Get a Lawyer When Charged with Theft, a Crime of Moral Turpitude

Thefts are classified as -crimes of moral turpitude,- a category that includes murder, rape, incest and child abuse. The courts have defined a crime of moral turpitude as -conduct that shocks the public conscience as being inherently base, vile, or depraved, contrary to the rules of morality.- For this reason, if you are ever charged with theft, it is critical to retain the services of an experienced lawyer.

Petty vs. Grand

Thefts are generally divided into two main categories - grand theft and petty theft. Grand theft is a felony, usually punishable by jail time, and petty theft is a misdemeanor. The difference between the two is usually the dollar value of the item stolen, although some states consider it an automatic felony to steal a credit card, gun, car or telephone, regardless of its value. The threshold for a felony is usually between $500 and $1,000, but in some states it is as low as $200, so stealing the same item in different states can result in radically different penalties. However, although being convicted even of petty theft may translate into little more than a fine and some community service, if you are an adult, it stays on your record for life, visible to any prospective employer, potential date, friends, relatives, neighbors - everyone.

Various Kinds of Thefts

Many types of crimes classify as thefts besides grand larceny and petty larceny, including shoplifting, concealment, receiving stolen goods, fraud, burglary and embezzlement. Occasionally, a person may commit one of these crimes unintentionally. For instance, forgetting to pay for an item before you leave a store, being with a group of people whom you are unaware are shoplifting, or buying an item online or on the street that you don't know had been stolen all classify as thefts. Having a knowledgeable lawyer on your side at this time is invaluable, and may make the difference between a minor brush with the law and being a convicted criminal for life.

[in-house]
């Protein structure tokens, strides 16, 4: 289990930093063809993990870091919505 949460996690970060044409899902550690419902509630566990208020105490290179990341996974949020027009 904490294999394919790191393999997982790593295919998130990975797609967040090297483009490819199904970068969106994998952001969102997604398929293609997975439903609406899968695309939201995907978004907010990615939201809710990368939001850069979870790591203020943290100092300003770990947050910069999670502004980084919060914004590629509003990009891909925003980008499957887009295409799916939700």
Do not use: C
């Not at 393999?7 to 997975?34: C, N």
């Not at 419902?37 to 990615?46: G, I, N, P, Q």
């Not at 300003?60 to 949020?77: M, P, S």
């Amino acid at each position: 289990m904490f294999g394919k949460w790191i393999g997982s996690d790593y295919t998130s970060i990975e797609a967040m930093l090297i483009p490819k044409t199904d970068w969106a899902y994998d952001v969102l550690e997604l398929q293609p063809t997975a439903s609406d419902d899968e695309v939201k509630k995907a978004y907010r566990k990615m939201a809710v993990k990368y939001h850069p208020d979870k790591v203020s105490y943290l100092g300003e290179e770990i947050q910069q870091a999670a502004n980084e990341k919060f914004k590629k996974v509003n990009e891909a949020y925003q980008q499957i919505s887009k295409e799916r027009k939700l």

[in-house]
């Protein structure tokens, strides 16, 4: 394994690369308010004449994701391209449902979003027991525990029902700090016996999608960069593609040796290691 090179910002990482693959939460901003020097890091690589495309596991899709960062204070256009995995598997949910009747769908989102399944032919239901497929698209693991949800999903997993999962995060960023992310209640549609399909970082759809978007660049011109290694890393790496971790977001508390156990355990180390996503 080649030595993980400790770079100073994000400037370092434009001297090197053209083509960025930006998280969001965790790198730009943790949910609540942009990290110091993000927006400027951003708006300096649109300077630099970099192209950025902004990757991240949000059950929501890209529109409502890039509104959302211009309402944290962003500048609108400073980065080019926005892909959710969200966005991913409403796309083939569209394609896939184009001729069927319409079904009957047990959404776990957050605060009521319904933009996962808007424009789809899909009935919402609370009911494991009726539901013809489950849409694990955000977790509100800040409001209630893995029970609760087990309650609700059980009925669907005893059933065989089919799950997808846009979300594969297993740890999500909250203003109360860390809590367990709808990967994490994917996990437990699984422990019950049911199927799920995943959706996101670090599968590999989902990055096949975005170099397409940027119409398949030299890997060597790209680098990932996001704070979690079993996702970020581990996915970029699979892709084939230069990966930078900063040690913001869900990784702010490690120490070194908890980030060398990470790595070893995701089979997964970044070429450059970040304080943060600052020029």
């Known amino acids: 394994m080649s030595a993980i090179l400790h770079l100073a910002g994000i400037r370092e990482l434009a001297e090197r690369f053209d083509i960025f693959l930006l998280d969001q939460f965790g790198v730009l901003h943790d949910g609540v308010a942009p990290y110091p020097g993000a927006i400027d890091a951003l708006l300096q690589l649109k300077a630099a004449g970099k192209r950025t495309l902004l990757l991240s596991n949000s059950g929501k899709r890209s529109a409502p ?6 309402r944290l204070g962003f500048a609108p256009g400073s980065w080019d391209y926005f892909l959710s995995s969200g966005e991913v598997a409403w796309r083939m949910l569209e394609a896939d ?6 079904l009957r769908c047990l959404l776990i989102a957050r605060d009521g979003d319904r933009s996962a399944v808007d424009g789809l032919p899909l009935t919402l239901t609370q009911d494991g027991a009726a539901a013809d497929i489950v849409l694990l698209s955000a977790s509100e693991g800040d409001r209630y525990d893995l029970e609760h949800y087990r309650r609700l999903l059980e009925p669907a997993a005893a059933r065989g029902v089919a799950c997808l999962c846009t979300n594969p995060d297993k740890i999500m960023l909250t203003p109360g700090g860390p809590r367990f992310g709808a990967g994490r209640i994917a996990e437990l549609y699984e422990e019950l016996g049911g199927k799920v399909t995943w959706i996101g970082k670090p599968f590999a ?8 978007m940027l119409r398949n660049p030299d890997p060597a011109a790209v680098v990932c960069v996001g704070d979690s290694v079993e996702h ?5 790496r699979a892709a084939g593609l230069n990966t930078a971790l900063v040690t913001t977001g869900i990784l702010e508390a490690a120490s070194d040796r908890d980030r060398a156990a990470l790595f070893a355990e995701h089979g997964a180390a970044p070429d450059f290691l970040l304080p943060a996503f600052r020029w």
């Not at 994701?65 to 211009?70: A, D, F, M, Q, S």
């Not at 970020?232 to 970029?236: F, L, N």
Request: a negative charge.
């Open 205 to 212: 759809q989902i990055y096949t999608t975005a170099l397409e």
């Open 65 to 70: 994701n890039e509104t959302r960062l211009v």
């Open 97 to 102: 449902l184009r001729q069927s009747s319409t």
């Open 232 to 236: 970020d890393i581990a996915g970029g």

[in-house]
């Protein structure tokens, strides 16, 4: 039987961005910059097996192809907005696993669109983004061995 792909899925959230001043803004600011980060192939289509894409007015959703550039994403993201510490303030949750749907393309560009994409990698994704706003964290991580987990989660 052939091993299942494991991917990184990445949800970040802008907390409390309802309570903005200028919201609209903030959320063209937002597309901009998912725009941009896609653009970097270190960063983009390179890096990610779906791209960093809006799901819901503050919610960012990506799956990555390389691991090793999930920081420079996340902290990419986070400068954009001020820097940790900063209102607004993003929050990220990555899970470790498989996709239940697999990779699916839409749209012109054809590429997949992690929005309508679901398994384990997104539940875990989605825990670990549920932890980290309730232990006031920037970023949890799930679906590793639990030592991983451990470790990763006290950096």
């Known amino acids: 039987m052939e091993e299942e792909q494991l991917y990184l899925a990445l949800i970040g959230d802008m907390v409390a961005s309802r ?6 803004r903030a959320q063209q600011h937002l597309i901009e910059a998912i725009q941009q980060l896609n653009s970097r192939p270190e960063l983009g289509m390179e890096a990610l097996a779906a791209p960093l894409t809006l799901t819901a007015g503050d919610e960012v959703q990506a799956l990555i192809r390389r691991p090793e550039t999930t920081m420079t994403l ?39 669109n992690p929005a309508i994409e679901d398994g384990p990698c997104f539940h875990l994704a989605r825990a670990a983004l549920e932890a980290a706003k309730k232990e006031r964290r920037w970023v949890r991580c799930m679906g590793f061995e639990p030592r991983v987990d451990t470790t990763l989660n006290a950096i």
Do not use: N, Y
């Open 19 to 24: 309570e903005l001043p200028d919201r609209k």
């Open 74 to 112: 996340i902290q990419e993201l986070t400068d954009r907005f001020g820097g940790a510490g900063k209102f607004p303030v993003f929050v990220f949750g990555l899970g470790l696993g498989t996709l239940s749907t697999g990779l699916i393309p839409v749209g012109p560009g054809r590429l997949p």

Repercussions

If you are not a U.S. resident, convictions for crimes of moral turpitude usually result in forfeiture of your green card and/or visa, and deportation, preventing you from ever being eligible for U.S. citizenship. If you hold a professional license, such as in law or medicine, your license could be jeopardized by a conviction like this. If you are called upon to testify in a trial, the lawyer may tell the jury about your conviction, calling your testimony into question and possibly invalidating it. It is sometimes possible to get your record expunged (wiped out) but it's a difficult process and there are never any guarantees. A conviction, even for a misdemeanor, can prevent you from getting a job, a loan to buy a home or car, or serving in the armed forces.

Facing a charge of a crime of moral turpitude is very serious under any circumstances, and if you have been arrested for theft, don't take any chances - be sure to have an experienced, knowledgeable attorney on your side.

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